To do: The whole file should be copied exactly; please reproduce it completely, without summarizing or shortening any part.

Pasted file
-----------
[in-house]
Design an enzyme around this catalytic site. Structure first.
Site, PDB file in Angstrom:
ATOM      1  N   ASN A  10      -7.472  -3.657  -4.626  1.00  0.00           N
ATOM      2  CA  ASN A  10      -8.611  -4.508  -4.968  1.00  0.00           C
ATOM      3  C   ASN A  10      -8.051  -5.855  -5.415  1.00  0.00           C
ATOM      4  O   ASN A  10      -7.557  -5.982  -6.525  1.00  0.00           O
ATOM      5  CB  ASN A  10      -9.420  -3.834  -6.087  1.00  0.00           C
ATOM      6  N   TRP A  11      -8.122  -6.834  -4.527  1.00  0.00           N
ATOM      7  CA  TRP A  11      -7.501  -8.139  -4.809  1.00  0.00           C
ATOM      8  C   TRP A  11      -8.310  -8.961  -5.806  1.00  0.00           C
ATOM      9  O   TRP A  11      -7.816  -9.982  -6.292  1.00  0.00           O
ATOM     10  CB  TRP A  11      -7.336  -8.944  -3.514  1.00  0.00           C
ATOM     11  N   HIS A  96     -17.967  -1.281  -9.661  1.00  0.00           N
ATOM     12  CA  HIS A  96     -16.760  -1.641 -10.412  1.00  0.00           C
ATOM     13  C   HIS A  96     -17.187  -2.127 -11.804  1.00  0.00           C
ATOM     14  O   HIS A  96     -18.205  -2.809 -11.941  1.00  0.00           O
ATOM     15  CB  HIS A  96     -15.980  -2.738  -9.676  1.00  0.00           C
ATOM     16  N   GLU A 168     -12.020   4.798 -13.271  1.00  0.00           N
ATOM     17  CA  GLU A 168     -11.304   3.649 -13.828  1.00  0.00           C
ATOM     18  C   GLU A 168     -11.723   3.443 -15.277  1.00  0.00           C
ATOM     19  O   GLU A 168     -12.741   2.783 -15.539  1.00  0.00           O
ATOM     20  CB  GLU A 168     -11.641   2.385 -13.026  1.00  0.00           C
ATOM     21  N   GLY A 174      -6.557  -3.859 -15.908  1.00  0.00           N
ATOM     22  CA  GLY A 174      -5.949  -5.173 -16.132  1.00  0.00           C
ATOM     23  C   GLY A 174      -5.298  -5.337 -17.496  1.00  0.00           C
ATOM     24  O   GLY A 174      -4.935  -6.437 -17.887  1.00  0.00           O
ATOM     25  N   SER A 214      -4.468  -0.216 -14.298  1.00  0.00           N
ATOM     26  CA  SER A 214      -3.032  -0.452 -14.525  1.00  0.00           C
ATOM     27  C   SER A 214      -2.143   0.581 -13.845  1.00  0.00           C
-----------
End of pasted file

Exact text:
[in-house]
Design an enzyme around this catalytic site. Structure first.
Site, PDB file in Angstrom:
ATOM      1  N   ASN A  10      -7.472  -3.657  -4.626  1.00  0.00           N
ATOM      2  CA  ASN A  10      -8.611  -4.508  -4.968  1.00  0.00           C
ATOM      3  C   ASN A  10      -8.051  -5.855  -5.415  1.00  0.00           C
ATOM      4  O   ASN A  10      -7.557  -5.982  -6.525  1.00  0.00           O
ATOM      5  CB  ASN A  10      -9.420  -3.834  -6.087  1.00  0.00           C
ATOM      6  N   TRP A  11      -8.122  -6.834  -4.527  1.00  0.00           N
ATOM      7  CA  TRP A  11      -7.501  -8.139  -4.809  1.00  0.00           C
ATOM      8  C   TRP A  11      -8.310  -8.961  -5.806  1.00  0.00           C
ATOM      9  O   TRP A  11      -7.816  -9.982  -6.292  1.00  0.00           O
ATOM     10  CB  TRP A  11      -7.336  -8.944  -3.514  1.00  0.00           C
ATOM     11  N   HIS A  96     -17.967  -1.281  -9.661  1.00  0.00           N
ATOM     12  CA  HIS A  96     -16.760  -1.641 -10.412  1.00  0.00           C
ATOM     13  C   HIS A  96     -17.187  -2.127 -11.804  1.00  0.00           C
ATOM     14  O   HIS A  96     -18.205  -2.809 -11.941  1.00  0.00           O
ATOM     15  CB  HIS A  96     -15.980  -2.738  -9.676  1.00  0.00           C
ATOM     16  N   GLU A 168     -12.020   4.798 -13.271  1.00  0.00           N
ATOM     17  CA  GLU A 168     -11.304   3.649 -13.828  1.00  0.00           C
ATOM     18  C   GLU A 168     -11.723   3.443 -15.277  1.00  0.00           C
ATOM     19  O   GLU A 168     -12.741   2.783 -15.539  1.00  0.00           O
ATOM     20  CB  GLU A 168     -11.641   2.385 -13.026  1.00  0.00           C
ATOM     21  N   GLY A 174      -6.557  -3.859 -15.908  1.00  0.00           N
ATOM     22  CA  GLY A 174      -5.949  -5.173 -16.132  1.00  0.00           C
ATOM     23  C   GLY A 174      -5.298  -5.337 -17.496  1.00  0.00           C
ATOM     24  O   GLY A 174      -4.935  -6.437 -17.887  1.00  0.00           O
ATOM     25  N   SER A 214      -4.468  -0.216 -14.298  1.00  0.00           N
ATOM     26  CA  SER A 214      -3.032  -0.452 -14.525  1.00  0.00           C
ATOM     27  C   SER A 214      -2.143   0.581 -13.845  1.00  0.00           C